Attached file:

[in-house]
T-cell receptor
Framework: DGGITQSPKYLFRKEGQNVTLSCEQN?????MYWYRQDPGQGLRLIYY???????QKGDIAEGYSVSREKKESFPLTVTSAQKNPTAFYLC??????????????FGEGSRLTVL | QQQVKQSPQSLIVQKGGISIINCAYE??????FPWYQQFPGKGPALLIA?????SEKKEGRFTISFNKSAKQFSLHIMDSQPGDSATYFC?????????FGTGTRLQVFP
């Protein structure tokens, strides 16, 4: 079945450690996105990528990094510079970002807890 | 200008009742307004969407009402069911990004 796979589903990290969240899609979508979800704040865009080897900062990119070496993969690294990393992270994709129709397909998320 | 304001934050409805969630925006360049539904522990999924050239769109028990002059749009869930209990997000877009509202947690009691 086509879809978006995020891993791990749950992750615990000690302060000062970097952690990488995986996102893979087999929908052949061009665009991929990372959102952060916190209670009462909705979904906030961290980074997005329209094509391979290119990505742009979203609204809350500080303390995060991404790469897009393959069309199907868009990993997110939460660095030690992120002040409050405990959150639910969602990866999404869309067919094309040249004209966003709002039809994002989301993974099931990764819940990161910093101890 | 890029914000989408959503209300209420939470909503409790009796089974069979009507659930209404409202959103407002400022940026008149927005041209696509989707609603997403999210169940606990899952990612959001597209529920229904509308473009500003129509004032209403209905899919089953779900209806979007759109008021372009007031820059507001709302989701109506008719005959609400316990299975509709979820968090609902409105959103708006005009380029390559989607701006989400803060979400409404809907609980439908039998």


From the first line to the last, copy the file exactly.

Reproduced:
[in-house]
T-cell receptor
Framework: DGGITQSPKYLFRKEGQNVTLSCEQN?????MYWYRQDPGQGLRLIYY???????QKGDIAEGYSVSREKKESFPLTVTSAQKNPTAFYLC??????????????FGEGSRLTVL | QQQVKQSPQSLIVQKGGISIINCAYE??????FPWYQQFPGKGPALLIA?????SEKKEGRFTISFNKSAKQFSLHIMDSQPGDSATYFC?????????FGTGTRLQVFP
């Protein structure tokens, strides 16, 4: 079945450690996105990528990094510079970002807890 | 200008009742307004969407009402069911990004 796979589903990290969240899609979508979800704040865009080897900062990119070496993969690294990393992270994709129709397909998320 | 304001934050409805969630925006360049539904522990999924050239769109028990002059749009869930209990997000877009509202947690009691 086509879809978006995020891993791990749950992750615990000690302060000062970097952690990488995986996102893979087999929908052949061009665009991929990372959102952060916190209670009462909705979904906030961290980074997005329209094509391979290119990505742009979203609204809350500080303390995060991404790469897009393959069309199907868009990993997110939460660095030690992120002040409050405990959150639910969602990866999404869309067919094309040249004209966003709002039809994002989301993974099931990764819940990161910093101890 | 890029914000989408959503209300209420939470909503409790009796089974069979009507659930209404409202959103407002400022940026008149927005041209696509989707609603997403999210169940606990899952990612959001597209529920229904509308473009500003129509004032209403209905899919089953779900209806979007759109008021372009007031820059507001709302989701109506008719005959609400316990299975509709979820968090609902409105959103708006005009380029390559989607701006989400803060979400409404809907609980439908039998």